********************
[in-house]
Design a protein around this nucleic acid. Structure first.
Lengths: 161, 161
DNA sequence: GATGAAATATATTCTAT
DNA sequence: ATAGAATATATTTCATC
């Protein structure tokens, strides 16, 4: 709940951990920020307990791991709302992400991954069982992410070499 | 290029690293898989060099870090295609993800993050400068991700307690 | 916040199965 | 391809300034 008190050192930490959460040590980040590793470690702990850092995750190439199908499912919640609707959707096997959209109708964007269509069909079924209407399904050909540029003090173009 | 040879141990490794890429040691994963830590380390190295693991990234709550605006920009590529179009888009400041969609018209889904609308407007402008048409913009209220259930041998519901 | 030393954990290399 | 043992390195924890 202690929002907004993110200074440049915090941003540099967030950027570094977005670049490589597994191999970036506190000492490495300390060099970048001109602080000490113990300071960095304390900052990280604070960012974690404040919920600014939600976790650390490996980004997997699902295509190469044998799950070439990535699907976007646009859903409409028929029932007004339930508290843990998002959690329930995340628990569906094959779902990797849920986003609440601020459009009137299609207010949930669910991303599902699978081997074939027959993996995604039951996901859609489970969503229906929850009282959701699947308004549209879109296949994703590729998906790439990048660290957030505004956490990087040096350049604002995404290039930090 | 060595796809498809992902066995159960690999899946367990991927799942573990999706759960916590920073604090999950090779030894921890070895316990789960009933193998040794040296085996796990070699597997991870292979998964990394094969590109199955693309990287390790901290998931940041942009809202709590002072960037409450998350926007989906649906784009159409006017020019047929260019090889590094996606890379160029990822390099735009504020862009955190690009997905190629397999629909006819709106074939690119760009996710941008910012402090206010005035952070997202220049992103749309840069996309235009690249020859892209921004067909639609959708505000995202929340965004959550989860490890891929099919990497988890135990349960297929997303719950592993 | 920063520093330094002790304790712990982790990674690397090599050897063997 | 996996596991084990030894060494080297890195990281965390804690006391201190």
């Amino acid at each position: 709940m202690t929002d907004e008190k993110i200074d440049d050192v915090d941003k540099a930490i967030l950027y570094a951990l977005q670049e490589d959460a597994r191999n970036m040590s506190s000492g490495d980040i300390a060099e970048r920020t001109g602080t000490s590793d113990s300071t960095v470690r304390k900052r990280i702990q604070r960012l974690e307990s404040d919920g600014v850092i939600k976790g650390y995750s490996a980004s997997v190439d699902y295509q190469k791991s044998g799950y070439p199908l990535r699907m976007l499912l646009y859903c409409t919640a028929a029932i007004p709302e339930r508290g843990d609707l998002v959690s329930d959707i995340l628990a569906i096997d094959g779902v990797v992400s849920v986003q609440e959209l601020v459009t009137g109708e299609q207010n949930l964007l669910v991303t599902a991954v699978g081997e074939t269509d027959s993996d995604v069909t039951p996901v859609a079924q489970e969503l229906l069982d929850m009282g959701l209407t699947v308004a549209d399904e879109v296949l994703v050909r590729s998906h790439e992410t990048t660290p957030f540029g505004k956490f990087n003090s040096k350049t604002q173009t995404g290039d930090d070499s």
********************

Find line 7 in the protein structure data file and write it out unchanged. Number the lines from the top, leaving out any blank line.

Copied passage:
């Amino acid at each position: 709940m202690t929002d907004e008190k993110i200074d440049d050192v915090d941003k540099a930490i967030l950027y570094a951990l977005q670049e490589d959460a597994r191999n970036m040590s506190s000492g490495d980040i300390a060099e970048r920020t001109g602080t000490s590793d113990s300071t960095v470690r304390k900052r990280i702990q604070r960012l974690e307990s404040d919920g600014v850092i939600k976790g650390y995750s490996a980004s997997v190439d699902y295509q190469k791991s044998g799950y070439p199908l990535r699907m976007l499912l646009y859903c409409t919640a028929a029932i007004p709302e339930r508290g843990d609707l998002v959690s329930d959707i995340l628990a569906i096997d094959g779902v990797v992400s849920v986003q609440e959209l601020v459009t009137g109708e299609q207010n949930l964007l669910v991303t599902a991954v699978g081997e074939t269509d027959s993996d995604v069909t039951p996901v859609a079924q489970e969503l229906l069982d929850m009282g959701l209407t699947v308004a549209d399904e879109v296949l994703v050909r590729s998906h790439e992410t990048t660290p957030f540029g505004k956490f990087n003090s040096k350049t604002q173009t995404g290039d930090d070499s």